Texas Wants In On This Pregnancy Crimes Game, Too
Looks like we have a trend story here! A few days ago we brought you the story of Alabama Supreme Court Judge Tom Parker, who's working to end 'bortion forever by building a whole bunch of cases that treat fetuses as persons -- often in criminal prosecutions of pregnant women who are caught using drugs, even though laws they're prosecuted under don't specify that they apply to zygotes.
Turns out that the good pro-life prosecutors of Texas are just as zealous in bringing child-abuse charges against pregnant ladies, especially drug users, even though the crimes those women are charged with don't actually exist. Andrea Grimes at RH Reality Check explains how that works: Texas is one of the 38 states that has a "fetal homicide" law that increases penalties in assaults or murders against pregnant women if a fetus is harmed:
Texas’ law, signed by Gov. Rick Perry in 2003, is one of the broadest in the country. It defines an individual as “a human being who is alive, including an unborn child at every stage of gestation from fertilization until birth,” meaning that, for example, a drunk driver who kills a pregnant person can be charged with a crime against two separate people.
Ah, but there's a catch, an exception that is very frustrating for prosecutors who want to go after pregnant women who harm their babbies, which are separate people after all:
A pregnant person cannot be charged with injury to their own fetus, and neither can a doctor performing legal abortion care with “requisite consent.” This exception, nestled into the 2003 modification of the Texas Penal Code, ensures that a crime “does not apply to conduct charged as having been committed against an individual who is an unborn child” if said conduct is “committed by the mother of the unborn child.”
This provision should shield pregnant people from accusations of child endangerment toward their own embryos or fetuses. In fact, Texas Attorney General Greg Abbott effectively confirmed in a 2005 ruling that the law does provide this shield; the Texas Court of Criminal Appeals also issued an opinion on the matter in 2006, overturning the conviction of two Texas women who had been sentenced to jail for taking drugs during their pregnancies.
So that's the actual status of the law: women should not be charged with "child endangerment" if they take drugs. Problem is, prosecutors all over Texas blithely ignore that part of the law and charge pregnant women anyway, because the public loves a story about a Bad Mom-To-Be getting slapped in jail for doing drugs and harming her poor innocent baby, the actual content of the law be damned. Everybody wants to Git Tuff on drugs, and on crimes against children, even if the children aren't borned yet.
In some instances, babies test positive for drugs soon after they’re born, and doctors and hospitals, in an attempt to comply with another Texas law about reporting babies “born addicted,” pass on their findings to Child Protective Services or local law enforcement officials. In others, ex-husbands and ex-boyfriends file reports with police, CPS, or even directly with prosecutors—sometimes from hundreds of miles away—alleging that their partners have endangered their children while pregnant.
Everybody wins! Anti-choicers get to say they're protecting pre-born babbies, prosecutors get to be tough, and "the public gets to sneer and jeer at 'bad mommy' mugshots." Of course, if a woman is lucky enough to get even a half-awake public defender (this being Texas, you don't want to bet too heavily on that), those illegal charges usually don't stick.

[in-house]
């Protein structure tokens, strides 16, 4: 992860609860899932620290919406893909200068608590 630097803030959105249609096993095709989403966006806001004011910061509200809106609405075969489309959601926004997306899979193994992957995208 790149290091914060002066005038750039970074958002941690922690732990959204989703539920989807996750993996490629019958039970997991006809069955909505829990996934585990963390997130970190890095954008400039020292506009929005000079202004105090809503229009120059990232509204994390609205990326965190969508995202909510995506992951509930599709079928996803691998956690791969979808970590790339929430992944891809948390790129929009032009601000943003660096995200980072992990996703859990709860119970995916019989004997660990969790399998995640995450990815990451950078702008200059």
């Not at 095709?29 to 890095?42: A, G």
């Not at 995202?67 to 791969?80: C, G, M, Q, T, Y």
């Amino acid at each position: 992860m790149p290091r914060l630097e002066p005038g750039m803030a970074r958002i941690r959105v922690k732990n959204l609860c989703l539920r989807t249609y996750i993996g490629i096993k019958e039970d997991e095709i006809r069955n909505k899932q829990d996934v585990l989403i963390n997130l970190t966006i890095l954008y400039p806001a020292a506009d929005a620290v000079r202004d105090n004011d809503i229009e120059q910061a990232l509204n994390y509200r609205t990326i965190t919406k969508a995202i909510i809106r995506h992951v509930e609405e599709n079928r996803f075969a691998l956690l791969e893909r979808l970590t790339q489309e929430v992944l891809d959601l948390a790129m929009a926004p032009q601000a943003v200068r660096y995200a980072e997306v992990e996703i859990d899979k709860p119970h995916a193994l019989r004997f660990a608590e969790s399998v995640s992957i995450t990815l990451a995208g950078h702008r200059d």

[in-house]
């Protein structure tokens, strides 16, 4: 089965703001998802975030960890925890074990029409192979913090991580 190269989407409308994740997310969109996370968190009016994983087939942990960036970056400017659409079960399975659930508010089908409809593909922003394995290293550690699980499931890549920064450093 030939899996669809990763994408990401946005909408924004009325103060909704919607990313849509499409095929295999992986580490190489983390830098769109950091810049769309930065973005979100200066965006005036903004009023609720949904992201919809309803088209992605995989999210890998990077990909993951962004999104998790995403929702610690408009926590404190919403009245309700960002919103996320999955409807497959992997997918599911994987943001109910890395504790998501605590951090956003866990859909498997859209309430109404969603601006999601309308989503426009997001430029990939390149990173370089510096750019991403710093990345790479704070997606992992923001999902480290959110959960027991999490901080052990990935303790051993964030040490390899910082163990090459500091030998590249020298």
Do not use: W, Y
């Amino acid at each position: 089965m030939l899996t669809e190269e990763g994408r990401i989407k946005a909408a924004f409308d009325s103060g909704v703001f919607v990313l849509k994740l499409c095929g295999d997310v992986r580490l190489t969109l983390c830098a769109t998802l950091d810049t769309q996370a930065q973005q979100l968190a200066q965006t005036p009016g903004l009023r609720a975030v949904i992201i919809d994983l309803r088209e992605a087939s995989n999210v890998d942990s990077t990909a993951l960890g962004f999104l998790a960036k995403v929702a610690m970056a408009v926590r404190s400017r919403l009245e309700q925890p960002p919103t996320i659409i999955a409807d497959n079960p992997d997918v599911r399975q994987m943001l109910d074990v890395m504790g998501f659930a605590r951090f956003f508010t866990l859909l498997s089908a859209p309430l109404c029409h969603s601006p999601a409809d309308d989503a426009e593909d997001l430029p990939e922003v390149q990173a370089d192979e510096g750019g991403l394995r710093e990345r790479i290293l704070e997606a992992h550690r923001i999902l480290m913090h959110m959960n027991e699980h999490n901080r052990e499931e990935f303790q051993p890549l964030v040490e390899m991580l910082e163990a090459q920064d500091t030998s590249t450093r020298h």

But lots of women get persuaded to plead to other charges, like possession or other drug offenses, and then once they go to prison, the kiddo ends up with a relative or in The System. It's the best catch there is.
Not that the women who go to jail will get treatment for their addiction so they can straighten up and become better mommies. That liberal criminal coddling bullshit doesn't fly in the great state of Texas. Instead, they get punished, and when they get out, chances are that they'll start feeding their untreated addiction again, and end up in prison again, right where God wants them. If they had any character or loved their kids, they'd straighten up, but they don't, so it's back to the pokey for them, and back to foster care for the kids, who then get all the TLC that Texas foster care can offer. 'Merica!
It's not all bleak. There are a lot of pissed off public defenders and an advocacy organization, National Advocates for Pregnant Women (NAPW), working to intervene in such cases and get charges dropped, and to get addicted women into treatment, not incarceration. But nationally, there are plenty of fetusphiles like Utah state legislator Carl Wimmer, who wanted to weaken the exceptions that protect women from fetal harm laws, so that these terrible women can get the punishment they so richly deserve. Gotta ride herd on those women and shovel as many of them into jail, because drugs are bad, fetuses are good, and women who use drugs while pregnant are easy to demonize. Only fuzzy-headed liberals would say they deserve compassion and treatment, after all.
Doktor Zoom's real name is Marty Kelley, and he lives in the wilds of Boise, Idaho. He is not a medical doctor, but does have a real PhD in Rhetoric. You should definitely donate some money to this little mommyblog where he has finally found acceptance and cat pictures. He is on maternity leave until 2033. Here is his Twitter, also. His quest to avoid prolixity is not going so great.